Archive for the ‘Commercial Buildings’ Category

Conference House (1830)

Monday, October 31st, 2016 Posted in Commercial Buildings, Glastonbury, Houses, Organizations, Schools, Vernacular | No Comments »

Conference House, Glastonbury

Happy Halloween! The Conference House is a building in Glastonbury, built around 1830, that possibly once stood where the First Church of Glastonbury was erected in 1837. It was moved to another site down Main Street, just north of the Joseph Wright House. Called the Conference House, the church used it for meetings, lectures and concerts. Starting in the late 1830s it was used as a private school run by one of Deacon Wright’s sons. In 1894, Deborah Goodrich Keene, who lived at 2016 Main Street, the Hale-Goodrich House, bought the building and moved it across the street to its current address of 2000 Main Street. In 1911 she leased the house to Glastonbury’s first telephone switchboard. She later converted it into a private residence. Floodwaters from Hubbard Brook almost reached the roofline of the house in 1936.

Tate Block (1890)

Monday, October 24th, 2016 Posted in Commercial Buildings, New London, Second Empire | No Comments »

Tate Block, New London

The Tate Block, originally known as Tate’s Building, is a commercial block at 187-195 (aka 185) Bank Street in New London. It was built in 1890 on a site that was once the gardens of the neighboring Jonathan Starr House, built a century earlier.

Lund House (1820)

Friday, October 7th, 2016 Posted in Commercial Buildings, Houses, Vernacular, Watertown | No Comments »

38 Academy Hill, Watertown

At 38 Academy Hill in Watertown is a house that was erected in 1820 as a shop. It has been used for a number of different businesses over the years: first as Alanson Warren’s hat shop, then Russell Beer’s shirt factory, Dr. Walter S. Munger’s office (Dr. Munger served for many years as Watertown’s medical examiner and health officer) and finally Peter N. Lund’s tailor shop. It remained the Lund/Rose family residence for over 85 years. The interior was recently completely remodeled by a developer.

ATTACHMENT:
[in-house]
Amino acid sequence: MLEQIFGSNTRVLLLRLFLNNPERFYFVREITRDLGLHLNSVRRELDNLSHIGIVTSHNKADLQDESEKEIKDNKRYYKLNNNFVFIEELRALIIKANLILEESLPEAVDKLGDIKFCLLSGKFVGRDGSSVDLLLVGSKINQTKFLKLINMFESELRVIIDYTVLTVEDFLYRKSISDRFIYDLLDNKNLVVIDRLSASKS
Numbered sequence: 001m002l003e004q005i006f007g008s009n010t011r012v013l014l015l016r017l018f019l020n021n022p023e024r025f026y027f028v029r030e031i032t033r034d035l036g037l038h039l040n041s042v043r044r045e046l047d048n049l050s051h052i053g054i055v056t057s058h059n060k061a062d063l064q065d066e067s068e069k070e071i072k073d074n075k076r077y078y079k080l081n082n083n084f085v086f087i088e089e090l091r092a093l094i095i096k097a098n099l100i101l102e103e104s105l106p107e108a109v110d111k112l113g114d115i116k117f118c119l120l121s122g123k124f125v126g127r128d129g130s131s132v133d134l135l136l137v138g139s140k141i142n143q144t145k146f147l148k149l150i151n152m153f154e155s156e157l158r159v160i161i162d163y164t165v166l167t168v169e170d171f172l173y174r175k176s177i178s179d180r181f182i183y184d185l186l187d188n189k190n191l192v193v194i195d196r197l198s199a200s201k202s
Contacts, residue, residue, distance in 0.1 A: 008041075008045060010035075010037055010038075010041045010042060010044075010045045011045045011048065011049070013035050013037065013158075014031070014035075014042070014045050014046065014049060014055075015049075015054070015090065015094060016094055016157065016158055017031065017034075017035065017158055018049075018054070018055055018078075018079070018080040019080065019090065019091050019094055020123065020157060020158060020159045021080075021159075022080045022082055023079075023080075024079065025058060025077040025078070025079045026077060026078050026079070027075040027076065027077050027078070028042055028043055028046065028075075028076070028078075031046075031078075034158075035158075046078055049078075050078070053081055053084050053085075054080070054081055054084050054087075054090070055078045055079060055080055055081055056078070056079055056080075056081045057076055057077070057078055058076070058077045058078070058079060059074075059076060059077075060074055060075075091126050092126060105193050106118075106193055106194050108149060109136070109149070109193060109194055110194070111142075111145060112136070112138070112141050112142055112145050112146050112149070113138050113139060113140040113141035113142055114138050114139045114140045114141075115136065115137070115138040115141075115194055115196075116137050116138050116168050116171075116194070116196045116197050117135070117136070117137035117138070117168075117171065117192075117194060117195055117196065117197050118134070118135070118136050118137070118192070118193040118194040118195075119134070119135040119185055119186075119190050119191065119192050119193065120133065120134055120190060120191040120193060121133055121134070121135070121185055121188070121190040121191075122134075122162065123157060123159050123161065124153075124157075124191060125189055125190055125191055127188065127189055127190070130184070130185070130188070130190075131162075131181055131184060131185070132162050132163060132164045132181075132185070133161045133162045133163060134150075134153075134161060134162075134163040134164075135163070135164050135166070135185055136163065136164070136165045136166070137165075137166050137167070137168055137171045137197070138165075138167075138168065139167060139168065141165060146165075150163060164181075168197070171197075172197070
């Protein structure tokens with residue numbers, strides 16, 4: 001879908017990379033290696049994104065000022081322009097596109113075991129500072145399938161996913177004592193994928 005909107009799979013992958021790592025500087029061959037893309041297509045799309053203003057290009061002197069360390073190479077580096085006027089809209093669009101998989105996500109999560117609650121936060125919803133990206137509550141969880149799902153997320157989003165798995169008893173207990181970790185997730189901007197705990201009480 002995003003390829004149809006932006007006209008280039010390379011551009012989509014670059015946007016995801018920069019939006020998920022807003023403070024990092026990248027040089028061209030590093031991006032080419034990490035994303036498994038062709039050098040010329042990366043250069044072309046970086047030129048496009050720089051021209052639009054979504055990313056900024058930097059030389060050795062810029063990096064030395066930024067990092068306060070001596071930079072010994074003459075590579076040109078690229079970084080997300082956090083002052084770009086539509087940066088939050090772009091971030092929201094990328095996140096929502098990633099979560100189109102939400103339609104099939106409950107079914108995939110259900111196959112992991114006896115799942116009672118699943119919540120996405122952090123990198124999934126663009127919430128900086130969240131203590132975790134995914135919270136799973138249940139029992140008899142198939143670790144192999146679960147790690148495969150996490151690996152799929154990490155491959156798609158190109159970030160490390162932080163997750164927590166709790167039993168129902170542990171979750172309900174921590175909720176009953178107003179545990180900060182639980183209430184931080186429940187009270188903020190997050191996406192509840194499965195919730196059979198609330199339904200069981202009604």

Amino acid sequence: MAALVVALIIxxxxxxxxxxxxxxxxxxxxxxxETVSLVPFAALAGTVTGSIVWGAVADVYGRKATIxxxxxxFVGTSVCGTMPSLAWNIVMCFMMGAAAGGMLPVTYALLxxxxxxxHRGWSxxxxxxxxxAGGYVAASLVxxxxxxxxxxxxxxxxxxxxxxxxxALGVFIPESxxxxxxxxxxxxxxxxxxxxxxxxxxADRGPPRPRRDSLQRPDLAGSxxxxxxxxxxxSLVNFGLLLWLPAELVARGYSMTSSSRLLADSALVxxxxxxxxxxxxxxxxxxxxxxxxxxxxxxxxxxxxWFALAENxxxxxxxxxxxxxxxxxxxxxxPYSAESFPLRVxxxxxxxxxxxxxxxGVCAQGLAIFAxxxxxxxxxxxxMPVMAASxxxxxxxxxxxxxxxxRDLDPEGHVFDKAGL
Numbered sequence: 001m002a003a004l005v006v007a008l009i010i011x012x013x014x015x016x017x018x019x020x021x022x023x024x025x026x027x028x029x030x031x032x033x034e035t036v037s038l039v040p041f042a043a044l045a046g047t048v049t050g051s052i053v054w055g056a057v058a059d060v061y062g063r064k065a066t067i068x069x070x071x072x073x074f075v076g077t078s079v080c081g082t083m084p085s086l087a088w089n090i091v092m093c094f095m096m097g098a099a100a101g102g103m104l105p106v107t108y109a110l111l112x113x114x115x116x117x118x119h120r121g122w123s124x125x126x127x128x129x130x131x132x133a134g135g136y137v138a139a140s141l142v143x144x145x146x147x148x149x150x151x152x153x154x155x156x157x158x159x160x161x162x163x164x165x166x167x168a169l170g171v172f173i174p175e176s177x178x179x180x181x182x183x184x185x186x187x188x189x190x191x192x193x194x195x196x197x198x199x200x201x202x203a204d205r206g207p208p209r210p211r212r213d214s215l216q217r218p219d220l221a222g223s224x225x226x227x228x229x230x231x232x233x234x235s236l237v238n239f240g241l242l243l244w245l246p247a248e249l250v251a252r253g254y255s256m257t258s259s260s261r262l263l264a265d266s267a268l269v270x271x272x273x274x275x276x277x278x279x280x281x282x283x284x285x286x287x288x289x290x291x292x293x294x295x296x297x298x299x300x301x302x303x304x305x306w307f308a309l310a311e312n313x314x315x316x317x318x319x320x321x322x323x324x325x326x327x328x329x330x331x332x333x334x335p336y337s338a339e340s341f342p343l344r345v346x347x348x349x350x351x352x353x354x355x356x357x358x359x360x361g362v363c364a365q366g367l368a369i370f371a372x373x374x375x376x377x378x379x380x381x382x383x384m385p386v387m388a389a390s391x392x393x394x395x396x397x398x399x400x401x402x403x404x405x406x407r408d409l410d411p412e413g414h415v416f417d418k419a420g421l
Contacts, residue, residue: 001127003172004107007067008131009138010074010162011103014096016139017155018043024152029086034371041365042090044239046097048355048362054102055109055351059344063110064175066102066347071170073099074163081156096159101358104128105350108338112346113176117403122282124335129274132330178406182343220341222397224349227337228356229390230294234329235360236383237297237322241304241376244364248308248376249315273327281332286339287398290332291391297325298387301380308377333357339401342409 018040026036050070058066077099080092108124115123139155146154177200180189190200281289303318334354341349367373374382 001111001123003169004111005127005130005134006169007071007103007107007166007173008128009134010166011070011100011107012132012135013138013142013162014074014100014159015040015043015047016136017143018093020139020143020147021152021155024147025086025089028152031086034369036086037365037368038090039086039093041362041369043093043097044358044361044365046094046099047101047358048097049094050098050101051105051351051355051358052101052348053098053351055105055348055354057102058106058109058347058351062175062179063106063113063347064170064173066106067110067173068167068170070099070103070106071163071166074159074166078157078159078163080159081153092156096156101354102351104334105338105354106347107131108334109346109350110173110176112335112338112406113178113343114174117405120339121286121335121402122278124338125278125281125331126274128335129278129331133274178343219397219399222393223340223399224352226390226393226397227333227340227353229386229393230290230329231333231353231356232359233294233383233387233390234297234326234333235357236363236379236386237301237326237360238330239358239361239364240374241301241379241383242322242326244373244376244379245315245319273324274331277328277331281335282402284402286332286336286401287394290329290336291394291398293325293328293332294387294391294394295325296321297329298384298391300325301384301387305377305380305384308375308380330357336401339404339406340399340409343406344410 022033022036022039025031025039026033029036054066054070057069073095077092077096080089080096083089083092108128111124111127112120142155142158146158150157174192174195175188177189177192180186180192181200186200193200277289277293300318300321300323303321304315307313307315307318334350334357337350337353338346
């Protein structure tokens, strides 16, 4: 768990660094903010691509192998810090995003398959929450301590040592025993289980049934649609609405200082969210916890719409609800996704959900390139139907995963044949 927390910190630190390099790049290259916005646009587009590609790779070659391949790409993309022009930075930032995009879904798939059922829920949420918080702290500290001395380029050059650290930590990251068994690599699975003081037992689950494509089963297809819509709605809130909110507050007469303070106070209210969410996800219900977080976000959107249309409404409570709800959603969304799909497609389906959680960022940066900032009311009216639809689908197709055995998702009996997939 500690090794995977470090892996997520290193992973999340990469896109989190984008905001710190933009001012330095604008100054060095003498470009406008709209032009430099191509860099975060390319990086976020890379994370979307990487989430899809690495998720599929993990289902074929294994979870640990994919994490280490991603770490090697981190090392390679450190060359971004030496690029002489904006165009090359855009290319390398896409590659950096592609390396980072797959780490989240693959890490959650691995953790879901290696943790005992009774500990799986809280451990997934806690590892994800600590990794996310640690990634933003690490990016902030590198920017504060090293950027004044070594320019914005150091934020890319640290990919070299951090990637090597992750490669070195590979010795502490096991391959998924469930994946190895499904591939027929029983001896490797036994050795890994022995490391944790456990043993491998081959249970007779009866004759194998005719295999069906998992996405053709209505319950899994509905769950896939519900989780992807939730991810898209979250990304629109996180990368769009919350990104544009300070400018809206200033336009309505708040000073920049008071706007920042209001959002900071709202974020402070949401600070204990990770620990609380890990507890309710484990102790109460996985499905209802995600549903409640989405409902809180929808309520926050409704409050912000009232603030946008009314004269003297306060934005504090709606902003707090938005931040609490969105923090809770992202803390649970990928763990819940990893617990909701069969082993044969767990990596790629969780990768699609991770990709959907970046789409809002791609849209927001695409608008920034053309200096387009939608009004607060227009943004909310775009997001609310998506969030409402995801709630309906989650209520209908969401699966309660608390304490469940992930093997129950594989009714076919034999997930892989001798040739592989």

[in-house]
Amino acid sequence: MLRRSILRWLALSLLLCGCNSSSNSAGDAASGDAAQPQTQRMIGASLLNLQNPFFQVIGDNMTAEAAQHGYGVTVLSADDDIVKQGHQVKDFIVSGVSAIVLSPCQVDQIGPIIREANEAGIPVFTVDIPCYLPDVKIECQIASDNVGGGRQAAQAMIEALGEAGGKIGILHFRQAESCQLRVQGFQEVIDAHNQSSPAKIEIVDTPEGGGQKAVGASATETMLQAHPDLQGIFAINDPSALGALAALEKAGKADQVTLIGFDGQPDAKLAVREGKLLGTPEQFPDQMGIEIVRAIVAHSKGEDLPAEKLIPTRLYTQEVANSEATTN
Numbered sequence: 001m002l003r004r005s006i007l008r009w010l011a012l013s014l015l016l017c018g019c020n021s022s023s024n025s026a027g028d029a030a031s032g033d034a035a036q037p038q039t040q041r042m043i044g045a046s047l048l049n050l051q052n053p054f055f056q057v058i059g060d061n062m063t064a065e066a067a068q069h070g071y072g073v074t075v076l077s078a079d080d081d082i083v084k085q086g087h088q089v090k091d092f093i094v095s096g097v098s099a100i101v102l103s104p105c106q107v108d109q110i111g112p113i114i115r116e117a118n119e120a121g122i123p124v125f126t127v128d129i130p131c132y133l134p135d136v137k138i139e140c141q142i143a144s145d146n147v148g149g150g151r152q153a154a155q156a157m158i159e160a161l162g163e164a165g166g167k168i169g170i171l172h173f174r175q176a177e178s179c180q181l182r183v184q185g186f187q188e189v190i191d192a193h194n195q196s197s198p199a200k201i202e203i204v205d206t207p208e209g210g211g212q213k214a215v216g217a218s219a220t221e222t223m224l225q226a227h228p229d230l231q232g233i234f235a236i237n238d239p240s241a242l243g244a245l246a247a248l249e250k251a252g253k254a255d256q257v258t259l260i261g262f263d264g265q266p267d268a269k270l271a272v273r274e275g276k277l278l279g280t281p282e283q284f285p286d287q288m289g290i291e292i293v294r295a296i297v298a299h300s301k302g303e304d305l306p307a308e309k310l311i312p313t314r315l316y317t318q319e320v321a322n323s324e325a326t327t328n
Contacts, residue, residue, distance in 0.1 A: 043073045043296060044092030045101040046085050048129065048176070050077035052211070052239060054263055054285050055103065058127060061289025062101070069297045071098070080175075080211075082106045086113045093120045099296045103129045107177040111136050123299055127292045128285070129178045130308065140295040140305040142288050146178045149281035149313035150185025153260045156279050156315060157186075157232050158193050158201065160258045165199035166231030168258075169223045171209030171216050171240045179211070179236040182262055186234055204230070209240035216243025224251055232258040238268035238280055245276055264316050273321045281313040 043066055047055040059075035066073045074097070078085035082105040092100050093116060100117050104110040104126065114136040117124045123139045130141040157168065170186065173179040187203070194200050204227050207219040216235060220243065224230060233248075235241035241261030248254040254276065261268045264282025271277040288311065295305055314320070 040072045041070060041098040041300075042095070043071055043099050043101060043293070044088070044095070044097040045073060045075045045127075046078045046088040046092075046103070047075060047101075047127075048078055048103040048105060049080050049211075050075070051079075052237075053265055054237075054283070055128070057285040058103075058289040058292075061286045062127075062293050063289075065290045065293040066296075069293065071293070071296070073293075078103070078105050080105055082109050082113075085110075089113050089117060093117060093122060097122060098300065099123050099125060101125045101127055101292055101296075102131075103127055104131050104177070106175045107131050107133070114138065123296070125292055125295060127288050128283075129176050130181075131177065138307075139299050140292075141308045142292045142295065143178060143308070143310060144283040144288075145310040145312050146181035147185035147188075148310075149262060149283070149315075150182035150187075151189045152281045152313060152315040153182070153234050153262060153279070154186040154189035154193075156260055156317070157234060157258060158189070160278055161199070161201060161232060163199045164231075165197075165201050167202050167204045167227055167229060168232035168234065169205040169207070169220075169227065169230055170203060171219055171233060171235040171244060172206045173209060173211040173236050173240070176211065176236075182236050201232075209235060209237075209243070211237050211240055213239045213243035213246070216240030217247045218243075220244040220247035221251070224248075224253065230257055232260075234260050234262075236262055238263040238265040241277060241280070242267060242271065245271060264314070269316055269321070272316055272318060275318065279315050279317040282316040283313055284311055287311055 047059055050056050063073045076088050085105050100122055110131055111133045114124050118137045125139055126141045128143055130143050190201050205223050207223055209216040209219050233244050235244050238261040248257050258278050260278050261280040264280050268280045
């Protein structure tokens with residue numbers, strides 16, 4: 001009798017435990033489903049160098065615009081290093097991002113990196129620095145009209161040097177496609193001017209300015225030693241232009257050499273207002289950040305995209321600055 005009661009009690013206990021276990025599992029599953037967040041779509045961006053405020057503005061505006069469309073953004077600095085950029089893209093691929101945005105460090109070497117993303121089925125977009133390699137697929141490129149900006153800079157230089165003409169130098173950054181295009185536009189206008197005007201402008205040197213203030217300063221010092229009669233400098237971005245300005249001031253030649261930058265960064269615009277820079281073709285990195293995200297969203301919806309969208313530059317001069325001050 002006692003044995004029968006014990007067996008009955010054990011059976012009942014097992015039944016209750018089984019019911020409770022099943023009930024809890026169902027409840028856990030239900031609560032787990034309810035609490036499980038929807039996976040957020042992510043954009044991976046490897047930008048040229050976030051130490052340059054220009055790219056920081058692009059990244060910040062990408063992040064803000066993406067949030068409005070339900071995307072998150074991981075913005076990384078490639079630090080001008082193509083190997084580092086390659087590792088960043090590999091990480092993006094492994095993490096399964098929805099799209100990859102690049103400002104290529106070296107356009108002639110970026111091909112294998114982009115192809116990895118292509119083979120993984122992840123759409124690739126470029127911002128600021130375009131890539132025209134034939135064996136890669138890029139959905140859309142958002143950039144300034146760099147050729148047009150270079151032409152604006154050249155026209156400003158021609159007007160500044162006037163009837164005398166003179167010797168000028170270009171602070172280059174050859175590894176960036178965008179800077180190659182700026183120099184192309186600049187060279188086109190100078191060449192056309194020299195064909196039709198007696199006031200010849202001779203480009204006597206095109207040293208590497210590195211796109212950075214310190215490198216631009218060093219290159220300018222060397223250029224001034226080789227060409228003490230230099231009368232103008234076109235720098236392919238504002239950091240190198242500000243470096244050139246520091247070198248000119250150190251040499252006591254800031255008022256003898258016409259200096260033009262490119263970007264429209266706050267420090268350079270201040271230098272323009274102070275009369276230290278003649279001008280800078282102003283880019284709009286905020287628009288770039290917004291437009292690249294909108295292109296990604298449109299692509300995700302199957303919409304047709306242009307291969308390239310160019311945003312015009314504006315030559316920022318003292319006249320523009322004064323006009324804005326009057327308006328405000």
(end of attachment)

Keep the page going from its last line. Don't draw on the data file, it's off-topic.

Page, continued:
W. L. Wellwood General Store (1787)

Wednesday, September 14th, 2016 Posted in Commercial Buildings, Coventry, Greek Revival | No Comments »

Wellwood Store

A section of the former W. L. Wellwood General Store at 1140 Main Street in Coventry dates to 1787, making it one of the oldest general store buildings in the nation. In 1820, the large Greek Revival portion was added to the original store and living quarters, which also attach to a later Italianate residence to the northeast. Another addition, containing the west wing grain room and butcher shop, was added in 1883. The Loomis family owned the store from about 1810 until 1881. After 1905 it was owned and operated by the Wellwood family. In 1974 the building went from housing a general store to becoming an antiques shop. It has more recently been the “Coventry Country Store” (as in the image above) and is currentlyCoventry Arts & Antiques.”

Linderme & Zurcher Building (1944)

Monday, August 22nd, 2016 Posted in Colonial Revival, Commercial Buildings, Middletown | No Comments »

423 Main St., Middletown

The Colonial Revival building at 423 Main Street in Middletown was built in 1944 for Linderme & Zurcher, a furniture and appliance store.

Neubauer Building (1896)

Saturday, August 20th, 2016 Posted in Bristol, Commercial Buildings, Romanesque Revival | No Comments »

248 Main

At 248 Main Street, corner of High Street, in Bristol is a three story brick commercial building built c. 1896 with remodeled first-floor storefronts. It is called the Neubauer Building and was possibly built by George W. Neubauer, a German immigrant who established himself in Bristol as a wood clock case carver before expanding into many other business ventures.

Essex Square Theatre (1925)

Saturday, July 30th, 2016 Posted in Colonial Revival, Commercial Buildings, Essex, Theaters | No Comments »

Essex Square Theater

The Benjamin Williams, Jr. Homestead was erected in 1814 at what is now Essex Square in Essex. In 1925 the old house was removed and replaced by the Essex Square Theatre building. The theatre showed movies and also had space for four retail stores and four offices. Films played there until 1972 and in 1984 the building was acquired by Talbots.